Jennifer Szweda Jordan (00:03):
Can people with disabilities join able-bodied worshipers at their chosen faith communities? That's what reporter Meg St-Esprit set out to learn from Pittsburgh area religious leaders and families. I'm Jennifer Szweda Jordan with Unabridged Press. Meg joins me today for this episode of ADA at 30: Accessibility in Pittsburgh. This is a companion podcast, to our reporting collaboration with PublicSource, found at adapittsburgh.com. You'll find Meg's full report there and lots of other great reporting and video content.
Jennifer Szweda Jordan (00:38):
Meg St-Esprit (00:39):
Jennifer Szweda Jordan (00:39):
What was it like for you to report this story, as a person of faith?
Meg St-Esprit (00:45):
It was really interesting because as an able-bodied person without any disabilities, it wasn't something I think I had thought about much. We do have children with special needs, but not so much from an accessibility standpoint had we had to consider our house of worship. As I began to talk to different families, some who were limited from worship because of disability, others who felt very included in their congregations, it really opened up for me a whole other facet to faith that I really hadn't thought about as much as I probably should have.
Meg St-Esprit (01:25):
It was really interesting to talk to the different congregations in a variety of different belief systems to see how they work to include members with disability and the areas that they all feel that they could improve.
Jennifer Szweda Jordan (01:39):
Do you want to maybe provide just a little bit of a synopsis of what you went for and what you came up with?
Meg St-Esprit (01:46):
Sure. So I set out to look at a diverse variety of churches, synagogues, mosques, et cetera, across the Pittsburgh area. I wanted to make sure that we talked to congregations from all backgrounds. I found that all of them have a desire to be inclusive, but they don't always necessarily have A, either the resources, financially, as far as building accessibility, or they don't always have quite the understanding of what is needed.
Meg St-Esprit (02:16):
I talked to families who access these programs, as well as the programs themselves. And even some of the families I spoke to acknowledge that these houses of worship are trying, clearly their heart is in the right place, but with such a wide range of disability and needs it's really hard to hit every single need that could arise. So some families still feel left out, even when these houses of worship are making an effort. So it's really an evolving, complicated topic.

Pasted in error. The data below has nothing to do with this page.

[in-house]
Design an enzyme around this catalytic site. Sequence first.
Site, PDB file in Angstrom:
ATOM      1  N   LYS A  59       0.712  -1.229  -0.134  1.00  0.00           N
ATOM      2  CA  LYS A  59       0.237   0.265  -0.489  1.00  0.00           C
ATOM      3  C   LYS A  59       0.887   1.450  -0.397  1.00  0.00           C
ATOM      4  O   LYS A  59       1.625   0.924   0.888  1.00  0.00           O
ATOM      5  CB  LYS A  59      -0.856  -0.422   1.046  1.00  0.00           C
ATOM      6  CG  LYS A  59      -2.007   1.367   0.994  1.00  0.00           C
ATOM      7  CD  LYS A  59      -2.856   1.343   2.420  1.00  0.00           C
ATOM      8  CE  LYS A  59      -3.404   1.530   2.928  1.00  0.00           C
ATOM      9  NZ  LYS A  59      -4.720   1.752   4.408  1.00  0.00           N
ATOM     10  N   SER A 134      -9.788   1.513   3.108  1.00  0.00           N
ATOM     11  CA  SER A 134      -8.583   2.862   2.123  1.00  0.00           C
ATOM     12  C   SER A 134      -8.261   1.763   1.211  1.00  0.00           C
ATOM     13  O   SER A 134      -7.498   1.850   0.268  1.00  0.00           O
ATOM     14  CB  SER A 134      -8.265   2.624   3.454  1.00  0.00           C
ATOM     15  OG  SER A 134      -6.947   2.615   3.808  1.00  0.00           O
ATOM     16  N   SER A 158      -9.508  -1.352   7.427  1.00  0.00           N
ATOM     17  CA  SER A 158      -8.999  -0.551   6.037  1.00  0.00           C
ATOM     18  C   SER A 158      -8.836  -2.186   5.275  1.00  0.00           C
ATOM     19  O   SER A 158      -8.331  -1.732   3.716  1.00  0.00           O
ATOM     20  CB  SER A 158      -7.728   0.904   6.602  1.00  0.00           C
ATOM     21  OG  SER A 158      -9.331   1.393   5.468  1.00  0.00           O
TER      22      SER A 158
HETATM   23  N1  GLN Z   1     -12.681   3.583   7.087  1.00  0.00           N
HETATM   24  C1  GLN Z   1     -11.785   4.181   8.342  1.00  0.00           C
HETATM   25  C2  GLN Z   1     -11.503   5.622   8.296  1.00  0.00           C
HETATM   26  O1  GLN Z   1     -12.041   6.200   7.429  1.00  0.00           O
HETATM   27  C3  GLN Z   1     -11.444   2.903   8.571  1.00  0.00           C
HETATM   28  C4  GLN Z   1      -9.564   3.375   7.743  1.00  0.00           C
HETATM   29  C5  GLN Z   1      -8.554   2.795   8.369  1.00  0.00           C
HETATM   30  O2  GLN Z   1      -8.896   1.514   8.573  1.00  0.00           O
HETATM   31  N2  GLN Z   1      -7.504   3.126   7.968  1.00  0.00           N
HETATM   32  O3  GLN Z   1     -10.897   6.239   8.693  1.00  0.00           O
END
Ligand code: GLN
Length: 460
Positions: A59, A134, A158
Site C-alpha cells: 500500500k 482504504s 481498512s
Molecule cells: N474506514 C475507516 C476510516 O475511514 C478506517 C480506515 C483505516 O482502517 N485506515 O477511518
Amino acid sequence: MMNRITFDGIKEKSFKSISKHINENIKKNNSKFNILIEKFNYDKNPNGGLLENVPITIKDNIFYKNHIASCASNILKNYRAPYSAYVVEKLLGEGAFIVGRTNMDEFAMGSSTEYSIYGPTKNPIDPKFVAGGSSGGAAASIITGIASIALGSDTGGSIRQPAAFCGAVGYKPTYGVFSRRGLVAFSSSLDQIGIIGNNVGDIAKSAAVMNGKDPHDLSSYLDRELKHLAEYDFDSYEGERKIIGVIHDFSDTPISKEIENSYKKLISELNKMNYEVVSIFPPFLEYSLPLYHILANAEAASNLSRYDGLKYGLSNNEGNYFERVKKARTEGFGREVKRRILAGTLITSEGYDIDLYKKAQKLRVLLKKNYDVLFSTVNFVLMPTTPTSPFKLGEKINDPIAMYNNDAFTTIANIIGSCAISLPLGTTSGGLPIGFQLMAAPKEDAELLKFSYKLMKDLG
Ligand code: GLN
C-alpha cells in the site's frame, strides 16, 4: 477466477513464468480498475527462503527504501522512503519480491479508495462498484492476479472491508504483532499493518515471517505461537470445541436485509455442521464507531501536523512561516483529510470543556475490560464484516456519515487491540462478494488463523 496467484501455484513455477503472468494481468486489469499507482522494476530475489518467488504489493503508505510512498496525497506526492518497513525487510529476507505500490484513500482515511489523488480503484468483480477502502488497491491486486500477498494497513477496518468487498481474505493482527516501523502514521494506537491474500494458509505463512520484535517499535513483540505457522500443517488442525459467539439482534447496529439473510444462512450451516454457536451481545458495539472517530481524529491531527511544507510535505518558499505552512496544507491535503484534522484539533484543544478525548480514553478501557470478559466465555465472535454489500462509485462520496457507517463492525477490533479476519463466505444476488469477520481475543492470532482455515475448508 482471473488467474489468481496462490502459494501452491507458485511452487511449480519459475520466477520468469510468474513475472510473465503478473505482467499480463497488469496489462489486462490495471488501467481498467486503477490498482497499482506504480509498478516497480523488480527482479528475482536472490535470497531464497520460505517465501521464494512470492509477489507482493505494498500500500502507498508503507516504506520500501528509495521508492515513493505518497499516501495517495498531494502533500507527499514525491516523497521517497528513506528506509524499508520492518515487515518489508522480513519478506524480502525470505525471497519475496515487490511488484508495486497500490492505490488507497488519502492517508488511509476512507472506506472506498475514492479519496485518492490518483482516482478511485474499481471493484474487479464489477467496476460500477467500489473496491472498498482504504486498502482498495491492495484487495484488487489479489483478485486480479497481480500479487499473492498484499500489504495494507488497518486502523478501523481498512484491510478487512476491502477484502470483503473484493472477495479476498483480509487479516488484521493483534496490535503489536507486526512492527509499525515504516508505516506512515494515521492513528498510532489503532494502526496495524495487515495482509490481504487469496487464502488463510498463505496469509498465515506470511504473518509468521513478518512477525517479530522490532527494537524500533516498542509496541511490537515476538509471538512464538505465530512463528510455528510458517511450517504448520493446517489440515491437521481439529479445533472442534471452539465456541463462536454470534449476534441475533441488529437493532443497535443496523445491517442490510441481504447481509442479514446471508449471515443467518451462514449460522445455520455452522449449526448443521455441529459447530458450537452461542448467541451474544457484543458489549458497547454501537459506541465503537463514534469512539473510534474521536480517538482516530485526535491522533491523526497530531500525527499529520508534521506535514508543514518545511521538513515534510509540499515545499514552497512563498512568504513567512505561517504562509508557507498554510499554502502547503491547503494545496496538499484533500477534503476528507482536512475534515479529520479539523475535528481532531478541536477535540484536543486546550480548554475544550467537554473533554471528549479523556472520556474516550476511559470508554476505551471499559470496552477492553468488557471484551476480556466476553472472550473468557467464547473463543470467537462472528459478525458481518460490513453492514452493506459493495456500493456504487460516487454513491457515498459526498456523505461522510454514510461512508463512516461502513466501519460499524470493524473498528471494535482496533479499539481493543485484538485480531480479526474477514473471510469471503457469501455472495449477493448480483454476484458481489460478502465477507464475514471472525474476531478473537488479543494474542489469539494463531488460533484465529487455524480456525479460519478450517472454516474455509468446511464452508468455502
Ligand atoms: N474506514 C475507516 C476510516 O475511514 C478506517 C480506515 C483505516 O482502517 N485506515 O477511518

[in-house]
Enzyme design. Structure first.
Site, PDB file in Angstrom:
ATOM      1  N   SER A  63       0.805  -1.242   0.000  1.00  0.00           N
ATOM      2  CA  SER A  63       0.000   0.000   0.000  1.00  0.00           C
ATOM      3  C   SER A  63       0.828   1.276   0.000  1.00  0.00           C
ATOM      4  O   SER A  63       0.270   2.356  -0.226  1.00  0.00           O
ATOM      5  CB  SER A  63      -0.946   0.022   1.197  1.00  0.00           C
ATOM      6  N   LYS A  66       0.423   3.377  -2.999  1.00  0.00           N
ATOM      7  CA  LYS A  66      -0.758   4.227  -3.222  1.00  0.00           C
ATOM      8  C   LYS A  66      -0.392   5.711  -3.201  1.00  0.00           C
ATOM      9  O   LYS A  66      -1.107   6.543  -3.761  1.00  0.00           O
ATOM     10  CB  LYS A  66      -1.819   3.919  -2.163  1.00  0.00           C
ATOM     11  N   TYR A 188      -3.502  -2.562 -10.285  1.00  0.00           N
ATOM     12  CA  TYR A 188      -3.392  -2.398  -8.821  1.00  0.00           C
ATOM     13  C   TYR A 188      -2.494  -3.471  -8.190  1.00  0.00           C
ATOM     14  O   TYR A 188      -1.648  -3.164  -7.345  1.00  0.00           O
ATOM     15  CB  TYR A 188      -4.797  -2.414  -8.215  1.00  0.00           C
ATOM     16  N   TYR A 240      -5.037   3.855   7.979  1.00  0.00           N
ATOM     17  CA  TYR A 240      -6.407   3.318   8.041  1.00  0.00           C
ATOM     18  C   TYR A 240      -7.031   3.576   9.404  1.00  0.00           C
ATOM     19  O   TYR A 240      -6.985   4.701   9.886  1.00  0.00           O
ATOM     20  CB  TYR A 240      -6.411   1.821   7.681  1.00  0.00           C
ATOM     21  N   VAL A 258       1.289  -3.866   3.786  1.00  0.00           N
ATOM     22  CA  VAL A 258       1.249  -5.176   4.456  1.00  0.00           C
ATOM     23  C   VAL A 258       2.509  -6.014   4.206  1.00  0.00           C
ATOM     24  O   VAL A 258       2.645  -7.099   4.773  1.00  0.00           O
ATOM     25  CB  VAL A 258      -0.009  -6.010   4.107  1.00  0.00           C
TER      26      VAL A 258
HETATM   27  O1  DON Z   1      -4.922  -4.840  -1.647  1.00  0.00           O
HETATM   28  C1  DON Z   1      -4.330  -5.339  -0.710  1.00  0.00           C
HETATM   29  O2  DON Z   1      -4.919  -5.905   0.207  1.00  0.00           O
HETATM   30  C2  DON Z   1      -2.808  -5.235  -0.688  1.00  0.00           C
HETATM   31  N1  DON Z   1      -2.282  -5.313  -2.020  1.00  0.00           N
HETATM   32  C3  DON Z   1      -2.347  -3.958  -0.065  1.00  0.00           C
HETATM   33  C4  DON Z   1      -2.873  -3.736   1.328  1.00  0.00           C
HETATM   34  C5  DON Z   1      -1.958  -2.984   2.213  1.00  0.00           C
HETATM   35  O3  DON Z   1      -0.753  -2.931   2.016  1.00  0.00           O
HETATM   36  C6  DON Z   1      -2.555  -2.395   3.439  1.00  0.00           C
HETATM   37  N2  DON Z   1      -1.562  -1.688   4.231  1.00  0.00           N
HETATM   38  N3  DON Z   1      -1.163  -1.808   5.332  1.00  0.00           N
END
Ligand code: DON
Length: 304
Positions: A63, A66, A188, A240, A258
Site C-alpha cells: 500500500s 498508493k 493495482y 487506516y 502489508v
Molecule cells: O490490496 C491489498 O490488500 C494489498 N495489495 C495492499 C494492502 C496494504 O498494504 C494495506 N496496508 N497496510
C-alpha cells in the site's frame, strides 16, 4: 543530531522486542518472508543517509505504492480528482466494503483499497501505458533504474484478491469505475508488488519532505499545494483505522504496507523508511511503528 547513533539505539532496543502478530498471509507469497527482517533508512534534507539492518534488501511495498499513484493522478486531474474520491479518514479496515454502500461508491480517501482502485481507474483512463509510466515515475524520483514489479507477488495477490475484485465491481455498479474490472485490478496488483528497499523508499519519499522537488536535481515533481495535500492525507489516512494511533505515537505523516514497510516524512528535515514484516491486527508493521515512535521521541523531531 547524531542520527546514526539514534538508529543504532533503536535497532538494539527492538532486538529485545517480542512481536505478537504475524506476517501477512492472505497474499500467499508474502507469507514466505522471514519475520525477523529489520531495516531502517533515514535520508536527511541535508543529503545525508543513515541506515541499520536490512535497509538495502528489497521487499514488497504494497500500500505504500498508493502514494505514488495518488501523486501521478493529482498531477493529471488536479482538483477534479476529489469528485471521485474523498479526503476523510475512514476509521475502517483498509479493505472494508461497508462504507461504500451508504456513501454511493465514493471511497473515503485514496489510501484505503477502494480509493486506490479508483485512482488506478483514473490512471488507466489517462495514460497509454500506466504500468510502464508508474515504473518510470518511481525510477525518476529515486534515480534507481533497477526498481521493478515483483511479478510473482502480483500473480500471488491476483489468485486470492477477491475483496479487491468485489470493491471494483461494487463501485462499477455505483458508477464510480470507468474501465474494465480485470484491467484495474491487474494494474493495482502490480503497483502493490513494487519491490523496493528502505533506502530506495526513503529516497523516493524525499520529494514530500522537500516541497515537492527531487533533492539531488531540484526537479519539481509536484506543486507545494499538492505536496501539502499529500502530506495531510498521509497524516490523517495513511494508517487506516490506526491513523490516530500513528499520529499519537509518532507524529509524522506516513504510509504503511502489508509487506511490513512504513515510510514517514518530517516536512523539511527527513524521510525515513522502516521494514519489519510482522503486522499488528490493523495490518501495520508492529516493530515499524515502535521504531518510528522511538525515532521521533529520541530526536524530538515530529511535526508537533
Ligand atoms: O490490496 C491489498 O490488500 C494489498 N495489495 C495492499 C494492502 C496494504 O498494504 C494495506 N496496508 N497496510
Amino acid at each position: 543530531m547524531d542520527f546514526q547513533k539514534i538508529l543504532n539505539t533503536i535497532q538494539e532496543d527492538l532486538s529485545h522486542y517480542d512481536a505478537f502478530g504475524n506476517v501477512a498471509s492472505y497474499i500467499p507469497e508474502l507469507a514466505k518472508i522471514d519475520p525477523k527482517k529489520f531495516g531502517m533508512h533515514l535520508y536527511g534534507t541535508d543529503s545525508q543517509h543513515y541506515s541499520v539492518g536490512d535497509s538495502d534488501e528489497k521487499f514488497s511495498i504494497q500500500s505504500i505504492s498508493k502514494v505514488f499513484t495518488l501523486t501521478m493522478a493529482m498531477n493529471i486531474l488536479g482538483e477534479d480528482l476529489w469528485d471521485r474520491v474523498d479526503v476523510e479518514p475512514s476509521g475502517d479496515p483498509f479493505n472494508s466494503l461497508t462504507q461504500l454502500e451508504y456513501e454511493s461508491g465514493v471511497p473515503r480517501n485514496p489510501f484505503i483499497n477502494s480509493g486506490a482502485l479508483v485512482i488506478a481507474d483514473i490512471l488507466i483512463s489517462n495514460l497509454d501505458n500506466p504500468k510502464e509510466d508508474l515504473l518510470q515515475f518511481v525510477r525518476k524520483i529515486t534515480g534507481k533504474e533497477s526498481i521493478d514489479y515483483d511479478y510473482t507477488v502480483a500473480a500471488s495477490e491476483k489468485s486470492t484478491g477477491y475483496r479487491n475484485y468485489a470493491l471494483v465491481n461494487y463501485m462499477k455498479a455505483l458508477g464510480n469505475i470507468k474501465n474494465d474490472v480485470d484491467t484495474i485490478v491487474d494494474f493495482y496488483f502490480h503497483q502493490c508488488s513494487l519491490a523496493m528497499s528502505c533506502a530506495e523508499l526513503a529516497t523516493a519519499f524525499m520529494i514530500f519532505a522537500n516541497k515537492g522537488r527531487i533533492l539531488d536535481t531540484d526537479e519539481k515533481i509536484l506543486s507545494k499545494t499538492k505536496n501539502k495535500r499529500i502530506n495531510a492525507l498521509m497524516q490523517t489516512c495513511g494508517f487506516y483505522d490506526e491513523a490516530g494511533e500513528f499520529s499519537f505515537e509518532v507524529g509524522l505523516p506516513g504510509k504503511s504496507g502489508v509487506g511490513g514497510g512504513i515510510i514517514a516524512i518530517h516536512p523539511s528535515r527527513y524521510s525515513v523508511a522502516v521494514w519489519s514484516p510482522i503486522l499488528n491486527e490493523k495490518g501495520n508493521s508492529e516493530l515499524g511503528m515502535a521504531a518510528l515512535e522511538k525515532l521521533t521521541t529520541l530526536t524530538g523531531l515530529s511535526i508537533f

Jennifer Szweda Jordan (02:51):
And like you say, what were some of the disabilities you were looking at? Was it all physical?
Meg St-Esprit (02:56):
No, I definitely looked at a wide range. We interviewed a fabulous AME Zion church in Homewood that is doing a lot for children that have sensory needs, on the autism spectrum, different things like that. And then it was very interesting because they also have a large segment of their congregation that is elderly. So they were able to talk about the fabulous things they're doing as far as social and emotional needs, but the fact that their very old building is hard to make accessible for their elderly population. So they kind of had some things on both ends of the scale that they were, things they want to improve and things that they're really proud of.
Meg St-Esprit (03:37):
I talked to a family whose child has multiple cognitive and physical disabilities, about how hard it really is just to find, they're a Christian family, the perfect program for them. They have moved around to a couple of different congregations, and now, they haven't actually been to church in almost a year, just because of the difficulty of it. So that was very eye-opening. And they did acknowledge that it's not for lack of programs trying to accommodate them, it's just their child's needs are very unique.
Meg St-Esprit (04:10):
I also talked to the Islamic Center of Pittsburgh. I talked to a parent in the congregation whose child has Down syndrome, and they had a really unique view on how in the immigrant population that makes up the Islamic population of Pittsburgh, disabilities are viewed very differently in some of the small villages and other countries where their congregants come from. So rather than having separate programs, there's a much more, they feel, inclusive atmosphere to the mosques, where everyone is just come as they are, and they're accepted and their needs are woven into the daily activities.